Every 27th April marks the freedom and liberation day in the beautiful of South Africa. I want to use this moment to salute all those freedom fighters who mustered bravery to wrestle with blood and iron against a cruel and inhuman system called apartheid which gave birth to the freedom day. This day was a redefining moment in South Africa and Africa as a whole. Freedom Day deserves the place in human history and must be told and retold to make sure never again must any group of human beings suffer from such a heinous and gruesome system of governance. It must also be the period where sober reflection takes place to take stock of this period as a call for honest introspection to assess the aftermath of 1994 to ascertain the way forward.
On this day, two periods and generations come together each with their own relevance and progress report, pre-1994 and post-1994. Those who fought have a different memory and sense of responsibility with which to commemorate such a day but what about post 1994 or 1990? What do these 23 - 27 years mean to this age bracket or generation? What are they really celebrating and with what kind of passion and will? Whatever freedom day was fought for, have its prospects as well as hopes, been achieved? Who can assess this and give honest feedback?
Can it be said by the pre-1994 generation who suffered and served incarceration at Robben Island and other places for decades that their sacrifices have been worthwhile looking at the current conditions in the country? Their hopes, desires and aspirations were for a South Africa that is people (citizen) centered and focused. Their quest was also to promote a practical sense of equality and access to the prospects of South Africa's resources. But one may ask has all this been a charade? Can such a day be used to sit around the table for honest, dispassionate and needful discussion to ascertain if the hope they nurtured and for which many died has seen fulfilment?
The youth of today, i.e. the post 1994 generation, need an orientation that will instil a certain degree of hope that can be exhibited in their actions and inactions. They must experience our heroes and legends living the dreams and hopes which they fought and died for. This will serve as a motivating factor to sacrifice and die for something worthy. The fundamental motivation that birthed Freedom Day was to uproot ugly apartheid and restore humanity and dignity to South African citizens and to liberate them from a cruel system.
Legends like O.R. Tambo, Robert Sobukwe, Steve Biko, Nelson Madiba, Fr. Michael Lapsley, Archbishop Desmond Tutu, Winnie Mandela, and Thabo Mbeki amongst others sacrificed everything of theirs for a new South Africa that they dreamt of together with their compatriots. They don't have the same physical energy except the wisdom to make new forms of apartheid that need to be uprooted too. Freedom Day must be used as a point where living legends hand over the baton to the youth to fight and contend with all the forms of challenges that hinder economic independence which is actually the second phase that freedom day stands for.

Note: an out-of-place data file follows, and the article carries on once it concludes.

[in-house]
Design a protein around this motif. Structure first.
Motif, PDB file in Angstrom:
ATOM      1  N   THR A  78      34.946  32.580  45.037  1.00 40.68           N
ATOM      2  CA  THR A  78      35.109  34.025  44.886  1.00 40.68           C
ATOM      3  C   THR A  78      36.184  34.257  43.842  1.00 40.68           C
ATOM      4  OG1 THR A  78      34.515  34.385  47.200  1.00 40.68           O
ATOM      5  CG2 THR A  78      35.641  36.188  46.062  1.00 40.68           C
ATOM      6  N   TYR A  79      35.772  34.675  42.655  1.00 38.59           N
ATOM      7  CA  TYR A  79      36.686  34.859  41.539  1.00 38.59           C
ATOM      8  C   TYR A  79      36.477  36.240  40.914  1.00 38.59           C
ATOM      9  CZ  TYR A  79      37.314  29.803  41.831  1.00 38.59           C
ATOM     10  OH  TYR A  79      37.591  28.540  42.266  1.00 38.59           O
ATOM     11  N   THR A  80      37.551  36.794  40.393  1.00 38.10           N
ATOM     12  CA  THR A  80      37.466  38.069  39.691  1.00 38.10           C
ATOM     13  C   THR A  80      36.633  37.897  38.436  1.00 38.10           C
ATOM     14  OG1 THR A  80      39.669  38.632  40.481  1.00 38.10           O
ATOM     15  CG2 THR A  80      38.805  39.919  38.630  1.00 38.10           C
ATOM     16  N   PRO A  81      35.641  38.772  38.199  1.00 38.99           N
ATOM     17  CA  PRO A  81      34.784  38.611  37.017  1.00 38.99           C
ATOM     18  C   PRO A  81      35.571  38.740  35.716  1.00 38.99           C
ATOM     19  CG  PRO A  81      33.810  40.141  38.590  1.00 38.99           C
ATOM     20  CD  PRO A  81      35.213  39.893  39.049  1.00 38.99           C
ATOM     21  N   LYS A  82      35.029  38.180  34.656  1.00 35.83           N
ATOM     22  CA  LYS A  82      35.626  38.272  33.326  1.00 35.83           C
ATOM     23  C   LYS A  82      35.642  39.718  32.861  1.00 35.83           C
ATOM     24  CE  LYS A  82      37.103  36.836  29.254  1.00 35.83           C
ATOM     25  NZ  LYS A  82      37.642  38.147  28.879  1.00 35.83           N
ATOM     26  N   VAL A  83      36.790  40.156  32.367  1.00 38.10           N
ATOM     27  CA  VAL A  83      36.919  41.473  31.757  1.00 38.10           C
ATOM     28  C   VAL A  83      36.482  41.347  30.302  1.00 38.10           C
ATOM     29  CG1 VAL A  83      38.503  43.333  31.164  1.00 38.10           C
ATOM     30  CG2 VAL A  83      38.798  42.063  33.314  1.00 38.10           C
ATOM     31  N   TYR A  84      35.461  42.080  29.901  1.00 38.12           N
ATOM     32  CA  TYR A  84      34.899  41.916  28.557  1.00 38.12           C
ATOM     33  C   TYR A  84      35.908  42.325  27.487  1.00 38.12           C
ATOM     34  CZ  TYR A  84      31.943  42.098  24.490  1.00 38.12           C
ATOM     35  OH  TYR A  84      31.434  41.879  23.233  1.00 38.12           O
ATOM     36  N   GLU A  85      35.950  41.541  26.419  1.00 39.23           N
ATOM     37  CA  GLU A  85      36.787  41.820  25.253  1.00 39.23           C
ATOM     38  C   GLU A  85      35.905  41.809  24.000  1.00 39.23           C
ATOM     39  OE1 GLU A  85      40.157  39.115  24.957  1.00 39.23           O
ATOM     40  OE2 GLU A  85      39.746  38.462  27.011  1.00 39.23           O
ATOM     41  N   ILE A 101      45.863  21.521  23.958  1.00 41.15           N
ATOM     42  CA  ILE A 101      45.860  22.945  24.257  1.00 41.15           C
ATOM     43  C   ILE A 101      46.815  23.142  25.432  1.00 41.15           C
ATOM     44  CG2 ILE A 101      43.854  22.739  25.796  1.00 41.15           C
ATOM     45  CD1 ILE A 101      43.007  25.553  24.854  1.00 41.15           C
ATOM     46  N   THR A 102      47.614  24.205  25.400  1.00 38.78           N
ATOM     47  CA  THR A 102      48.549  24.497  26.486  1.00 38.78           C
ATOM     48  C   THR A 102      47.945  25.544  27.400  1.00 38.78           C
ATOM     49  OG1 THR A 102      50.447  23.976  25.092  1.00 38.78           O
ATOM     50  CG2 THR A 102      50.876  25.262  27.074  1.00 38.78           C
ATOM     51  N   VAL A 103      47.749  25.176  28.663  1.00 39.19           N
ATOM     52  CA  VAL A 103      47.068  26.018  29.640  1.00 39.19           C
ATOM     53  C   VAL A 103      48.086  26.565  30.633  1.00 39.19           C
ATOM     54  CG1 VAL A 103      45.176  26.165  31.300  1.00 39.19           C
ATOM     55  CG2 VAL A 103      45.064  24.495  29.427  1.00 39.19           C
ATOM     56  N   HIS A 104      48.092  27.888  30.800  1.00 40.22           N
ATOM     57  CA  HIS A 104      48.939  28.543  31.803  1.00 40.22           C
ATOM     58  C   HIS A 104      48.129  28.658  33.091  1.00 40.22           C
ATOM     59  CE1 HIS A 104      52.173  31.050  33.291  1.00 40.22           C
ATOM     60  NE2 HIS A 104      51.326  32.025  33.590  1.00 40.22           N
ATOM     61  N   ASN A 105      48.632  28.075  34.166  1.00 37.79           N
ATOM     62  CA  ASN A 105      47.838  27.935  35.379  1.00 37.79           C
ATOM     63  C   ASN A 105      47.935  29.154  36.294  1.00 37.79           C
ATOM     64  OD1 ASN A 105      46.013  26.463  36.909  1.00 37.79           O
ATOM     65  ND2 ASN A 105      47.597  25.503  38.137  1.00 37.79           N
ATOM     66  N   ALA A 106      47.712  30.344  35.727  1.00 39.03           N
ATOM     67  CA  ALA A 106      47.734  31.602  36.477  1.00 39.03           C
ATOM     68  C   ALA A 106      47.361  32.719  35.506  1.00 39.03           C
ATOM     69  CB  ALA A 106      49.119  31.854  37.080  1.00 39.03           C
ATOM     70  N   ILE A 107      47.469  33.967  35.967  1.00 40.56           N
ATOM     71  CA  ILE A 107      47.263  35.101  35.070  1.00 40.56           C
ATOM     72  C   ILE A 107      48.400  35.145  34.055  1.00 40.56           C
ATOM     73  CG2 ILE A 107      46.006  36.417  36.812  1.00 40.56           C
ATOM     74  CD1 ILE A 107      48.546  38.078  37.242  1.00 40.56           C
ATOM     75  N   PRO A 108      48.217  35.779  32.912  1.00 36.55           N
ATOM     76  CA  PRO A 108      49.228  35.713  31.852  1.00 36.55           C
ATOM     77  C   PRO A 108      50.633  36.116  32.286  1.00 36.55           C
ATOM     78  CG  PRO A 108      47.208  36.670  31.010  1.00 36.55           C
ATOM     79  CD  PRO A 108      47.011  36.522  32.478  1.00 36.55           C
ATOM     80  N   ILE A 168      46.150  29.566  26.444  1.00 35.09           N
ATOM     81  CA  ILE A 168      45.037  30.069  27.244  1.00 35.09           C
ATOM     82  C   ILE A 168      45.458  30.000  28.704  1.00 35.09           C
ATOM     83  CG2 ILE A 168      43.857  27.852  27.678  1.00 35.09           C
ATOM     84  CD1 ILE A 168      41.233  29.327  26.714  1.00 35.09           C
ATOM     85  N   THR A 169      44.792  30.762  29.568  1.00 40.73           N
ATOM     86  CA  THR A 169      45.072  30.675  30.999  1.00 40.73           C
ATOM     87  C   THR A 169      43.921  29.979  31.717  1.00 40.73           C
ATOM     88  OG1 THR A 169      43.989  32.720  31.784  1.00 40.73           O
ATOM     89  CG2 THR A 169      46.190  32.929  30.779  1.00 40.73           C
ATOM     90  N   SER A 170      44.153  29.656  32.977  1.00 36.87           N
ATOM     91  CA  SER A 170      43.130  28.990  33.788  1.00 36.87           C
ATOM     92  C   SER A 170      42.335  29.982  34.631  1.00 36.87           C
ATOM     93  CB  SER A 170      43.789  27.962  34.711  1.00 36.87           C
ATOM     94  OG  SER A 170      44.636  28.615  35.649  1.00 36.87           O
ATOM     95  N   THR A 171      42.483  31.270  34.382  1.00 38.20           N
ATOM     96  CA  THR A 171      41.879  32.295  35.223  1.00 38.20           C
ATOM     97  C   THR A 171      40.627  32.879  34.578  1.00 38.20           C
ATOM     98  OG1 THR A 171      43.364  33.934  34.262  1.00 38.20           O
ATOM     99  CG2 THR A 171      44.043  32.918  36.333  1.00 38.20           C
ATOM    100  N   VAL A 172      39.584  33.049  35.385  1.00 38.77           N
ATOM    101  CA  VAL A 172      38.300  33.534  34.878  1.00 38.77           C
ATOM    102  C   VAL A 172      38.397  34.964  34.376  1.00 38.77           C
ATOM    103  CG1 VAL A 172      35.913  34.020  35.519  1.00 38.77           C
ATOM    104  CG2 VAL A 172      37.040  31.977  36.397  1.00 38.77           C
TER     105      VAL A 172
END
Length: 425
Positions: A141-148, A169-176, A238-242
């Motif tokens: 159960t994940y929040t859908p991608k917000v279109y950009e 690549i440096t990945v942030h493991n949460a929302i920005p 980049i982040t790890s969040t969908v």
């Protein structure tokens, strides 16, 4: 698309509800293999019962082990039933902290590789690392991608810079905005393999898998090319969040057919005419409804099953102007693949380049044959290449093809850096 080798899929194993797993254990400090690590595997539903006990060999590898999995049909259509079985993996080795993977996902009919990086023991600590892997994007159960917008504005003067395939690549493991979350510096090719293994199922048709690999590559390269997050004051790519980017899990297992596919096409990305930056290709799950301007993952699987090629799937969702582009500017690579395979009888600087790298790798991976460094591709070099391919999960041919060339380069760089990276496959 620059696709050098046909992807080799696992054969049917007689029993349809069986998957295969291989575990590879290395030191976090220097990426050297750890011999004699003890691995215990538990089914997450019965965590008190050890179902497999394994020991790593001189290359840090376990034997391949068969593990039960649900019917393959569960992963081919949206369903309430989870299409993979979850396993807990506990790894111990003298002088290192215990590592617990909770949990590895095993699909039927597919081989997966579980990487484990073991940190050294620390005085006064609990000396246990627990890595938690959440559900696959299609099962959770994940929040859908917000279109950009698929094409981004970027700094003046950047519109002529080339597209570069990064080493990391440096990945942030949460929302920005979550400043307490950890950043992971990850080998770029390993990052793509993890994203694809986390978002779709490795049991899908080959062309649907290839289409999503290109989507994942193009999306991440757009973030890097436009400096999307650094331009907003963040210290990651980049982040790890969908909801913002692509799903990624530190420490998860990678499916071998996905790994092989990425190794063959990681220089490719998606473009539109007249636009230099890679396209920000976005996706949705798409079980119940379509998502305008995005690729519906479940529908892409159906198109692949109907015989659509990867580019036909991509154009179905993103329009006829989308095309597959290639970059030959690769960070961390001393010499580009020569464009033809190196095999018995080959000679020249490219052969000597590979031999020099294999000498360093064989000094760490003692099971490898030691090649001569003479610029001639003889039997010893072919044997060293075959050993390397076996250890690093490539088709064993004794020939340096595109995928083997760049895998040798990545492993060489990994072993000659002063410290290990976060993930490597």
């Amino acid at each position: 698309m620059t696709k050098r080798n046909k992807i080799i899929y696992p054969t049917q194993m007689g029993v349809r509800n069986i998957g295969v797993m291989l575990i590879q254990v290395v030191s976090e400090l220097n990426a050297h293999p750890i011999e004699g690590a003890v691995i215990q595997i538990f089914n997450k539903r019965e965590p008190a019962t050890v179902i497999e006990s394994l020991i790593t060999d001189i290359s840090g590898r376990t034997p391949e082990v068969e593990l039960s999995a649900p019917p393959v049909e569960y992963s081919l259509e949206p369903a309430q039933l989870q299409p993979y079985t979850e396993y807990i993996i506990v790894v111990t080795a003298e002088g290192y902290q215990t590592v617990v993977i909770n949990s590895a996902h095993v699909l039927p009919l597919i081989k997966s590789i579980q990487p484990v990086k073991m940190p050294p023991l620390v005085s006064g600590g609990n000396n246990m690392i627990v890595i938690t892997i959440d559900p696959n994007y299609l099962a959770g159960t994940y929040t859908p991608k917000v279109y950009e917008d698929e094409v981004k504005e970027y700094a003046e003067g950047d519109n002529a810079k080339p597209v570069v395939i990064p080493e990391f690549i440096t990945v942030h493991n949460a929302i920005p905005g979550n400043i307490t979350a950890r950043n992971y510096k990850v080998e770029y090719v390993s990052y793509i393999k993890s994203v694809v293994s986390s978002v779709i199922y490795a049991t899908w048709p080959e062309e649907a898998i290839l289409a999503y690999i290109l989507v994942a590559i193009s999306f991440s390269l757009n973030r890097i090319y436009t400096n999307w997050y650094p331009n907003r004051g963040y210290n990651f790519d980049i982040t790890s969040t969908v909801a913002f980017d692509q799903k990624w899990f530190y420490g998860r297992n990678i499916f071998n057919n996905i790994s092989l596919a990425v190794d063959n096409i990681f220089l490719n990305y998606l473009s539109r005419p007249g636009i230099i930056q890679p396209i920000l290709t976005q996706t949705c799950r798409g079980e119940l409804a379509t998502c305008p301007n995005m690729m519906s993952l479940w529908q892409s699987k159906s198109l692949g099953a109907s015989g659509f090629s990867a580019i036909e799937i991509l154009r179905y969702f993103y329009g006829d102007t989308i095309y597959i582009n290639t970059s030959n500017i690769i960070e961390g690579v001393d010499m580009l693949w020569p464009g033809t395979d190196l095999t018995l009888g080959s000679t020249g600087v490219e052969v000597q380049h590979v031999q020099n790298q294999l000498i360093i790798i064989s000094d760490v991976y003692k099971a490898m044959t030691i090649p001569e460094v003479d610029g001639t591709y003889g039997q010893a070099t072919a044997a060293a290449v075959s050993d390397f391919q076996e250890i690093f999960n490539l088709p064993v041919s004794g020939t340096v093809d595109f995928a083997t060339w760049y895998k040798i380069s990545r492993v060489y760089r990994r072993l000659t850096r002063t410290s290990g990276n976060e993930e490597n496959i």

What exactly does Freedom Day mean to the post 1994 generation? In reality they are roughly 23-27 years old, university graduates finding their feet in stable jobs. What is the motivation to live for this generation? What dues are they paying to qualify referencing as legends of post 1994 in the next 60 years? If pre-1994 fought and died for human rights, dignity and political independence what will the post 1994 generation stand for? If pre-1994 had a reasonable excuse to have failed, what will the excuse be for the post 1994 generation to explain to their offspring why they too, have failed?
For this generation to win the battle they must forge synergies with fellow African nations so that we can run at the speed of light for the total economic empowerment and development of Africa.
The next phase of the struggle to really deepen the sense of feeling, passion and meaning to Freedom Day is economic freedom, equality and independence backed by policies and programs that are evidenced in development and democracy. Just as the pre-1994 generation got support from African nations to fight against apartheid, for this generation to win the battle they must forge synergies with fellow African nations so that we can run at the speed of light for the total economic empowerment and development of Africa.
Apartheid was fought with blood and iron but economic independence in this generation is the battle of minds and prudent usage of information gathered with empirical evidence. Abject poverty, streetism, inequality, all forms of abuse as well as corruption must be fought with all energies using the brain. We must be seen using technology, innovations and inventions to solve our socio-cultural and econo-politico challenges. The Apartheid we face today is not a political system but an economic one. When this type of independence is won, it will bring freedom day into a full cycle where both generations would have paid their dues to complete the cycle.
Freedom Day can be a catalyst for growth and development when deliberate and conscious efforts are made to instil and foster patriotism and nationalism among citizens, especially the youth. There is nothing the youth of today are willing to die for. This is the crux of the economic apartheid, and it must be tackled head on with programs, sensitisation and training of the minds to take up the mantle and run the race.
The pre-1994 generation legends alive are not among us by accident, they must be our insurance to tackle economic apartheid and win as they did. By this, we will be building the hope of a South Africa they lost their lives and freedom to.
Viva South Africa!
Viva Economic Independence!
Viva Freedoms Day!